8) “Interest-Only” – describes the arrangement where the payments consist only of interest, and a “balloon payment” occurs at maturity.

9) “Zero Interest” – involves payments of principal only, with no interest being charged. This term is a sweetie for buyers!

zero interest

10) “Deferred Interest” – involves interest accruing to maturity, when both principal and interest are due. Although this helps cash flow, unlike zero interest it is very risky. Rapid appreciation will be essential for this to succeed, and losing the property is a realistic possibility!

11) “Skip a Payment” – Sometimes, if the parties are relating well, it is possible to include a term allowing the borrower to skip a payment in the event of job loss, rental vacancy, or other misfortune. This can be made part of the note, or dealt with at the time. Including it ahead of time is preferable for a more stable transaction.

12) “Substitution of Collateral” – Sometimes, an enterprising buyer will negotiate with the seller the right to move the note and secure it to a different property. This is usually done to sell, exchange, or refinance the property. There should be criteria stated to protect the note-holder, but approval “should not be unreasonably with-held” if the criteria are met.

13) “Right of First Refusal” –Sometimes, an enterprising buyer will realize that the seller might decide to sell the note at a discount to raise cash in the future. Including this term gives the buyer first shot at buying their own debt back at a discount, effectively lowering the purchase price.


14) “Graduated Payment Mortgage (GPM)” – is a note engineered such that interest and/or payments start low, then increase gradually over the years. It makes for easier ownership but can become a trap in the later years. For this reason, the Dodd-Frank legislation prohibits this type of loan on 1-4 unit owner-occupied properties, but it is still legal for investment property transactions of all kinds.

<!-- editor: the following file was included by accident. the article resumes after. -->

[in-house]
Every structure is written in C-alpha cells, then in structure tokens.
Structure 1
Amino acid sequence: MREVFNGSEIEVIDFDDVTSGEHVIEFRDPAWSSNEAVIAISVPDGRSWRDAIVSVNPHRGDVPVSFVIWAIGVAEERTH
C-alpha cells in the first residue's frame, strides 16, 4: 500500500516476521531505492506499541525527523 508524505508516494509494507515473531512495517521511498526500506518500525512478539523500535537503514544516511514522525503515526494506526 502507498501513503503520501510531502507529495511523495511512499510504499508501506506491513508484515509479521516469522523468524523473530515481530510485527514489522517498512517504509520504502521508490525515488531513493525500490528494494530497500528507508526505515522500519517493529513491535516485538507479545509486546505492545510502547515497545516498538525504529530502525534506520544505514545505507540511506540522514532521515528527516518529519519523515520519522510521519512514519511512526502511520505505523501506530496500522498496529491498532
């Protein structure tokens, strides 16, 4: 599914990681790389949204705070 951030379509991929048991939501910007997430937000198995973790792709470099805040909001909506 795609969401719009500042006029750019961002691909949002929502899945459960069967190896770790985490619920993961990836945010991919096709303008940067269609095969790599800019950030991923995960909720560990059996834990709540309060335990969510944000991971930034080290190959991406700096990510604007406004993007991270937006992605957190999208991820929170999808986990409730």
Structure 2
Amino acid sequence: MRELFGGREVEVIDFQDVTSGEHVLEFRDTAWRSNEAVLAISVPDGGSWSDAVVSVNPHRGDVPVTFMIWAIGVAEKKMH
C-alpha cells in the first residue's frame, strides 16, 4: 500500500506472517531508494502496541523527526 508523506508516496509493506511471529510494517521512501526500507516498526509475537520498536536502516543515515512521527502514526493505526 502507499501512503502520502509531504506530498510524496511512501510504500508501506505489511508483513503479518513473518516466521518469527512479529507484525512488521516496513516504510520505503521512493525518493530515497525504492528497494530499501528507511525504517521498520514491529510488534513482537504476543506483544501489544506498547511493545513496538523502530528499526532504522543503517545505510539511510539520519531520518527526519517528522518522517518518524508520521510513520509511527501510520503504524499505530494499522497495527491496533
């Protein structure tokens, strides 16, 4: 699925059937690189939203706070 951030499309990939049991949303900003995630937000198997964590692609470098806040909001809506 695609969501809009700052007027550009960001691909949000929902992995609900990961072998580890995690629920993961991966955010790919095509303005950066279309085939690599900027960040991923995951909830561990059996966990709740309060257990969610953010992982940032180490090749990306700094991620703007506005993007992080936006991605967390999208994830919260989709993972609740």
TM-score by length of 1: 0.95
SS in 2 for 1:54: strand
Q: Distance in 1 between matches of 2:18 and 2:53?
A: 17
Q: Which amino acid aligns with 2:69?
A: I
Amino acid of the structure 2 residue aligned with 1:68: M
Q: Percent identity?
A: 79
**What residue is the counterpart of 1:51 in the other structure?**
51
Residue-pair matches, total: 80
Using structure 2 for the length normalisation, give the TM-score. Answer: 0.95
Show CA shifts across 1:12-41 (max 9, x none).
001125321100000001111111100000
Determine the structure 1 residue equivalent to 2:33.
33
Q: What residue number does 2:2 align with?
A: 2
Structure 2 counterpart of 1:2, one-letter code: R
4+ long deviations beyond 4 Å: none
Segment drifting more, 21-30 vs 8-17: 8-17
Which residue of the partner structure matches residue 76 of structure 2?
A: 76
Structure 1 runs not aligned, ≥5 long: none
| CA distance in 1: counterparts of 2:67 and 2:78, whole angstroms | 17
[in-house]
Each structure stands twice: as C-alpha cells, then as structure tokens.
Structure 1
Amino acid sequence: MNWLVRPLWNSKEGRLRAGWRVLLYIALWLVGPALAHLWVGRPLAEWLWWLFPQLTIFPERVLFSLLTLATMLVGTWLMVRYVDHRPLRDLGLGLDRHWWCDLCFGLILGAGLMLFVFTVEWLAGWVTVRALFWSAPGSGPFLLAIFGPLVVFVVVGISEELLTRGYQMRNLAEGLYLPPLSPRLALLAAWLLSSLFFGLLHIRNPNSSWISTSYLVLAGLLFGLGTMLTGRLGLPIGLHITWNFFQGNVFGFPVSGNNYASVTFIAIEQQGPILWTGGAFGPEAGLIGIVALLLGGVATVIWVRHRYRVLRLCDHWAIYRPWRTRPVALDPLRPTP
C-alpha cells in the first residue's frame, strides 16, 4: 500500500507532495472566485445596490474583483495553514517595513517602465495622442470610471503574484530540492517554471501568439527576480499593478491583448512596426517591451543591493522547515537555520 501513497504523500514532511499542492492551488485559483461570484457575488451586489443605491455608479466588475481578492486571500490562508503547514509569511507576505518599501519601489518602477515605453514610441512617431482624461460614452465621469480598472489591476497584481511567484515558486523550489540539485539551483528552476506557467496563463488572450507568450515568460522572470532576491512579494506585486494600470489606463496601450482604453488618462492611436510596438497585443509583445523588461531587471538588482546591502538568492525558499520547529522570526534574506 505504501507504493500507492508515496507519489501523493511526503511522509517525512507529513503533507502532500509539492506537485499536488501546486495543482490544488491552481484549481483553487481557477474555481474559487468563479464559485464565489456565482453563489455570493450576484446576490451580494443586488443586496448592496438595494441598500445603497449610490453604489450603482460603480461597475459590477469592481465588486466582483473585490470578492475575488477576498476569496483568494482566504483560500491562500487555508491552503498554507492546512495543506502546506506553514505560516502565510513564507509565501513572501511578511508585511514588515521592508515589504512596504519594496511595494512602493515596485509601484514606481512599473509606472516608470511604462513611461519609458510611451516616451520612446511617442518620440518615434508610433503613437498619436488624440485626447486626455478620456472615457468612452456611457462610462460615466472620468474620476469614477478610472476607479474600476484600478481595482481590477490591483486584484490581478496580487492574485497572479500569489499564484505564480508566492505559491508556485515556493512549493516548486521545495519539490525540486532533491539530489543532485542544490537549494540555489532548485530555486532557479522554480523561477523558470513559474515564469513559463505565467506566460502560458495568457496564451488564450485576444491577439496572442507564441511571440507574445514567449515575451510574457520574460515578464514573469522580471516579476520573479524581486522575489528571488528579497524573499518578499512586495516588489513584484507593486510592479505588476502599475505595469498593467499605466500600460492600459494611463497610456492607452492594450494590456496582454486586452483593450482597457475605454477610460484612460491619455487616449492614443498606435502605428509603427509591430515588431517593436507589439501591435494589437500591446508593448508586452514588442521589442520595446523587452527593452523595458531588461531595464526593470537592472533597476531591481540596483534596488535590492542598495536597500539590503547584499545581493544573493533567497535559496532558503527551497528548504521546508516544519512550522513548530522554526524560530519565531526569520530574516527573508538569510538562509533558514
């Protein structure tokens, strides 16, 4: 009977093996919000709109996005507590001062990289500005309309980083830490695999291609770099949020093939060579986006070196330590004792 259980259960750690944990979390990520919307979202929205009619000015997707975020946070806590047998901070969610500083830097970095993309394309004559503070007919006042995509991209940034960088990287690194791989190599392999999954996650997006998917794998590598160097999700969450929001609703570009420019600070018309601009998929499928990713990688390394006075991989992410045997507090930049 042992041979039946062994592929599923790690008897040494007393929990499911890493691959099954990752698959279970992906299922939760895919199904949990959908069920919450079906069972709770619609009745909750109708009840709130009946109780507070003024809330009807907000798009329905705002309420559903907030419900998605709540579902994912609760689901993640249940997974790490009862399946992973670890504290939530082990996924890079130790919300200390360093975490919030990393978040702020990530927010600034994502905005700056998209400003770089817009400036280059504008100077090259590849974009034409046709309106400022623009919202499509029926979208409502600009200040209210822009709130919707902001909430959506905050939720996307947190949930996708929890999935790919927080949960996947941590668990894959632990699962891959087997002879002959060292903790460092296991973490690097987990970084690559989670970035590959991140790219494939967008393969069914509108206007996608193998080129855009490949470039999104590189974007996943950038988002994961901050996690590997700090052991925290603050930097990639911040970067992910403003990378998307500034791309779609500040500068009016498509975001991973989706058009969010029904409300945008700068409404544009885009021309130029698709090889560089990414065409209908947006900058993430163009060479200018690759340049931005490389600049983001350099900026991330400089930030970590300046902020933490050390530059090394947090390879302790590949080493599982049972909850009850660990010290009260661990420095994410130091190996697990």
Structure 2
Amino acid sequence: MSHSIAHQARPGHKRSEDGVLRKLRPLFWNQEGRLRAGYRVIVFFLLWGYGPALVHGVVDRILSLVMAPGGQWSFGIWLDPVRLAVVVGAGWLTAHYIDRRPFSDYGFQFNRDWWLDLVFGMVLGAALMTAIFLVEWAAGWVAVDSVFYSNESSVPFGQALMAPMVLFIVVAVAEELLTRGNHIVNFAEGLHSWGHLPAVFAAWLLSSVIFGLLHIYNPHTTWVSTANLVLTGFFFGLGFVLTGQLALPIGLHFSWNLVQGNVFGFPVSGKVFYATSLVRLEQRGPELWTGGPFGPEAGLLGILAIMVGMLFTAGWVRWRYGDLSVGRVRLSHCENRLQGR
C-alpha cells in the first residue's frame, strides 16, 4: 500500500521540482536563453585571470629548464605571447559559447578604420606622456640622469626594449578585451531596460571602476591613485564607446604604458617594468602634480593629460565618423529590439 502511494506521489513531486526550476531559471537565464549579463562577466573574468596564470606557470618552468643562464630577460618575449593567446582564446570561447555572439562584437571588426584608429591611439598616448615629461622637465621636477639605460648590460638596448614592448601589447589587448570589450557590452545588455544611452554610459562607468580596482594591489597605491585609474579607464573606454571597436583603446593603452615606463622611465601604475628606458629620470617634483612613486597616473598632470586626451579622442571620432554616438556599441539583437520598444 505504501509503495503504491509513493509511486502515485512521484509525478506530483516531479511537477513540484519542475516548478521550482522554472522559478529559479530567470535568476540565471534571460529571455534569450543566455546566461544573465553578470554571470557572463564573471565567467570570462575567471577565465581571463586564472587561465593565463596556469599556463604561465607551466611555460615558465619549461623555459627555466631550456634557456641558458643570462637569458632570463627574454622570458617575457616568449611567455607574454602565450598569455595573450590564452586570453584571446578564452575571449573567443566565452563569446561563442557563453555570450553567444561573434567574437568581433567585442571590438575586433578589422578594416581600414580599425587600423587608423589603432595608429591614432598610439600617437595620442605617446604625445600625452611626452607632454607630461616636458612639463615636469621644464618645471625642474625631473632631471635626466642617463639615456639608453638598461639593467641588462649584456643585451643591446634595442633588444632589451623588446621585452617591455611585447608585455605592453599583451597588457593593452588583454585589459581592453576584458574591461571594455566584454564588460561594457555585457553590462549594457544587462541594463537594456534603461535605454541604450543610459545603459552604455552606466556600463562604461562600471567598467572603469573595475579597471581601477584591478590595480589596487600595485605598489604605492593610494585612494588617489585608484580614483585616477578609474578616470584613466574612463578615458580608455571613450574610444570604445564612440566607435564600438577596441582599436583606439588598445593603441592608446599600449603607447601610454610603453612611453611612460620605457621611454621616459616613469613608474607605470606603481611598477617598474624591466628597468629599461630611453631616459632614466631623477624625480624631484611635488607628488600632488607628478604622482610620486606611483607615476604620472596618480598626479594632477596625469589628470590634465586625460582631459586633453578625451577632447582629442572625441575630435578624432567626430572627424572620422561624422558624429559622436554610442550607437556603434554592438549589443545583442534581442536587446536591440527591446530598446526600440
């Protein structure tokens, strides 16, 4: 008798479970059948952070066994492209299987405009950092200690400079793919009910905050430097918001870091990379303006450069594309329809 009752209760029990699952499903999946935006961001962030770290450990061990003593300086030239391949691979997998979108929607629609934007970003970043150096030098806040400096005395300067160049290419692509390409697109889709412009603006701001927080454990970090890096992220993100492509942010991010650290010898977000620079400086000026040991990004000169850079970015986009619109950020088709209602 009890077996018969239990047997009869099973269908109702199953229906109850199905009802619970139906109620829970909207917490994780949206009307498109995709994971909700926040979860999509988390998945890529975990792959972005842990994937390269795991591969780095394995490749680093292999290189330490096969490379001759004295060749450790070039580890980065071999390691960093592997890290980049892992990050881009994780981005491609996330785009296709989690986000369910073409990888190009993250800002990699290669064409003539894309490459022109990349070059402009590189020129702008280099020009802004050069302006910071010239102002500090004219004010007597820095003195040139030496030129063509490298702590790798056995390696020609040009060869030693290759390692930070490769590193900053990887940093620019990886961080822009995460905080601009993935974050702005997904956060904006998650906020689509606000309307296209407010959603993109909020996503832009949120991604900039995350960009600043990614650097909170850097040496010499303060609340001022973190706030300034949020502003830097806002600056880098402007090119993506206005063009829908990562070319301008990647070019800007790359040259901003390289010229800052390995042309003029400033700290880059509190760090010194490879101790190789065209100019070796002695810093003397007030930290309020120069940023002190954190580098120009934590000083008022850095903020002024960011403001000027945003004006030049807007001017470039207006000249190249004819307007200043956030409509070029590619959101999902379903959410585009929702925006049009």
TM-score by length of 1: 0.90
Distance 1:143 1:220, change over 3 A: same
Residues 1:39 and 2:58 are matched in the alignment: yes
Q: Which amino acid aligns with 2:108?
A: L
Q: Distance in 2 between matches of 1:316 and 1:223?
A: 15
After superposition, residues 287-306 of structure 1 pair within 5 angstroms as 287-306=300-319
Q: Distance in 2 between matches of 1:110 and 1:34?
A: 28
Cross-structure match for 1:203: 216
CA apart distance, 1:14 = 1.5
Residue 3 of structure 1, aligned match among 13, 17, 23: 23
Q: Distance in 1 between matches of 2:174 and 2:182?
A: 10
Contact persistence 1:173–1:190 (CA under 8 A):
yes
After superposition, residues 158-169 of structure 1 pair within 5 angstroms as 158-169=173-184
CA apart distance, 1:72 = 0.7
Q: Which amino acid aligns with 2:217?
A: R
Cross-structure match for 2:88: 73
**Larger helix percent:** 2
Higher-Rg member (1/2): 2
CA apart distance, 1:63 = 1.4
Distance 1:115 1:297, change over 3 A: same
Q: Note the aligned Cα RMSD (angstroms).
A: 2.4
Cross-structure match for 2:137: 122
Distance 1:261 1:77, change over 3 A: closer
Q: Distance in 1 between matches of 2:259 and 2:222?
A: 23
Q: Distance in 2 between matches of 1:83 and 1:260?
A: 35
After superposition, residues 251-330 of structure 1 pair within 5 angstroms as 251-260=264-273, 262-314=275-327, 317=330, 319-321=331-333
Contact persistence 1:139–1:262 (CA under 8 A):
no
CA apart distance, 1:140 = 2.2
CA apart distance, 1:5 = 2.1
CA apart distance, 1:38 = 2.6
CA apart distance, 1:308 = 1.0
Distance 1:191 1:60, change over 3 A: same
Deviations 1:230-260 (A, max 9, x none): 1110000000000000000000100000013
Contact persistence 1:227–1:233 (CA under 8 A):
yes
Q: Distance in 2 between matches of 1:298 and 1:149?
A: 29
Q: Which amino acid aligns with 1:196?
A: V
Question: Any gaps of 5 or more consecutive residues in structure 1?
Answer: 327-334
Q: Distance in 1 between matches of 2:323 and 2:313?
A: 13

15) “Shared Appreciation Mortgage (SAM)” – is a popular note term when prices are high and still rapidly rising, or when interest rates are high. The note is written so that the seller receives payments that are “sub-market”, but also receives a percentage of the property’s appreciation upon sale or maturation of the note. It is useful, but not very common.


Clearly, these note terms are not appropriate for every transaction, nor would sellers agree to all of them. The objective is for buyers to negotiate as many that are advantageous as they can!

Good luck!


Bruce Kellogg

Bruce Kellogg has been a Realtor® and investor for 36 years. He has transacted about 500 properties for clients, and about 300 properties for himself in 12 California counties. These include 1-4 units, 5+ apartments, offices, mixed-use buildings, land, lots, mobile homes, cabins, and churches. He is available for listing, selling, consulting, mentoring, and partnering. Reach him at brucekellogg10@gmail.com, or (408) 489-0131.